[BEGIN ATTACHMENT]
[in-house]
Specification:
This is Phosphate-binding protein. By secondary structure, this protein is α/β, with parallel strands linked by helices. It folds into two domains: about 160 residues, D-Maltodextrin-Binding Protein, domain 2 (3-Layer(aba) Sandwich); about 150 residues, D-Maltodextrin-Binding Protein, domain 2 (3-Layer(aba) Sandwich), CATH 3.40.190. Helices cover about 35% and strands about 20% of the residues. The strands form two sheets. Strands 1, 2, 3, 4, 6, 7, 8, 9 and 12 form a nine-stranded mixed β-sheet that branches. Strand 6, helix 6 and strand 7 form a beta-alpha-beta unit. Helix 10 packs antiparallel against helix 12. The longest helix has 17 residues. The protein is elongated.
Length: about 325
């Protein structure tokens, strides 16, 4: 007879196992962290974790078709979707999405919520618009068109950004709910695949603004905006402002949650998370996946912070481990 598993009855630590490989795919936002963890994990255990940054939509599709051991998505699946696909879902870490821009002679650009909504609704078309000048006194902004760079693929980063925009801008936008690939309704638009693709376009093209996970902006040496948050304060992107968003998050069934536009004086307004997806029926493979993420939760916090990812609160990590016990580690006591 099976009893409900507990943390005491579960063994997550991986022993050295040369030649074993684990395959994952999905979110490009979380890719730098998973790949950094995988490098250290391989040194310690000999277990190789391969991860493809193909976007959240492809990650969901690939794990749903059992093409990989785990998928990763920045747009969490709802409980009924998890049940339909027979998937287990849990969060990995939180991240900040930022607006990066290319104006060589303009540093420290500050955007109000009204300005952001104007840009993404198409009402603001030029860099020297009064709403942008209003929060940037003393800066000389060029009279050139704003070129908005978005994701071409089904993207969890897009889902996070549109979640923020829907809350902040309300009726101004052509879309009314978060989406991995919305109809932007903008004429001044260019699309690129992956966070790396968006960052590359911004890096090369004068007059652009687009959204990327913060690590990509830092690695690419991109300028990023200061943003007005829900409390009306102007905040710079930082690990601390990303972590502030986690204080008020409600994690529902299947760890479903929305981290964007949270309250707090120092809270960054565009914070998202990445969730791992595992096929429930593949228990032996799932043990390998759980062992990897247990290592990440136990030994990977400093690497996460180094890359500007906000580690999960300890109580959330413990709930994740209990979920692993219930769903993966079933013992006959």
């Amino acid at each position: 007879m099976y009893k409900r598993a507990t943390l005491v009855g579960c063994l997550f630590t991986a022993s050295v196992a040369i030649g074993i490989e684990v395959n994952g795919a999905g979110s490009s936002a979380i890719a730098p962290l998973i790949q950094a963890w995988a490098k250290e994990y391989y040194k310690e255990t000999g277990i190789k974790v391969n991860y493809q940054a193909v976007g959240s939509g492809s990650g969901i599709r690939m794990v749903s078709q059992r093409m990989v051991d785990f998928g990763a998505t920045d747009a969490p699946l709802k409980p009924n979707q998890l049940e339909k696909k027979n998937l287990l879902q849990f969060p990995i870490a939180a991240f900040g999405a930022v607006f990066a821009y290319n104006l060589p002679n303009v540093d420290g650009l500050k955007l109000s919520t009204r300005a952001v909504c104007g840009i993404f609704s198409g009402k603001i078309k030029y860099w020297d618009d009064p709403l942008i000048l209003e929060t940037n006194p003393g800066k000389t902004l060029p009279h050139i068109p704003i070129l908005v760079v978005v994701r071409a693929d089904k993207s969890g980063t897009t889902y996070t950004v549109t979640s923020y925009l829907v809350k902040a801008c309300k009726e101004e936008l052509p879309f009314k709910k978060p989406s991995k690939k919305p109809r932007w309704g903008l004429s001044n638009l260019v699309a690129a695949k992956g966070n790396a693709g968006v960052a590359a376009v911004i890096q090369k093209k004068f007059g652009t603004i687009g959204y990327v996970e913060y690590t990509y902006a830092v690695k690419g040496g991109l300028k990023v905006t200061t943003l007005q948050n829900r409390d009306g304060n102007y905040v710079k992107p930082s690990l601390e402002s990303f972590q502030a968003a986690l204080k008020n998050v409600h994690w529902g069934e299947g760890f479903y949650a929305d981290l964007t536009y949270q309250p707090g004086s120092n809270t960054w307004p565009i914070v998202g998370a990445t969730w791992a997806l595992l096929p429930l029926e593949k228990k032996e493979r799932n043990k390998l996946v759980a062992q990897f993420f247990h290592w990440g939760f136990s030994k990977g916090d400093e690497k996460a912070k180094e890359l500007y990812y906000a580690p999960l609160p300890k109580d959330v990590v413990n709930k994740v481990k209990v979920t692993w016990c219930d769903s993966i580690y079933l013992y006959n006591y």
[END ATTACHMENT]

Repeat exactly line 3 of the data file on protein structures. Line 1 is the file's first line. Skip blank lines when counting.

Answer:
This is Phosphate-binding protein. By secondary structure, this protein is α/β, with parallel strands linked by helices. It folds into two domains: about 160 residues, D-Maltodextrin-Binding Protein, domain 2 (3-Layer(aba) Sandwich); about 150 residues, D-Maltodextrin-Binding Protein, domain 2 (3-Layer(aba) Sandwich), CATH 3.40.190. Helices cover about 35% and strands about 20% of the residues. The strands form two sheets. Strands 1, 2, 3, 4, 6, 7, 8, 9 and 12 form a nine-stranded mixed β-sheet that branches. Strand 6, helix 6 and strand 7 form a beta-alpha-beta unit. Helix 10 packs antiparallel against helix 12. The longest helix has 17 residues. The protein is elongated.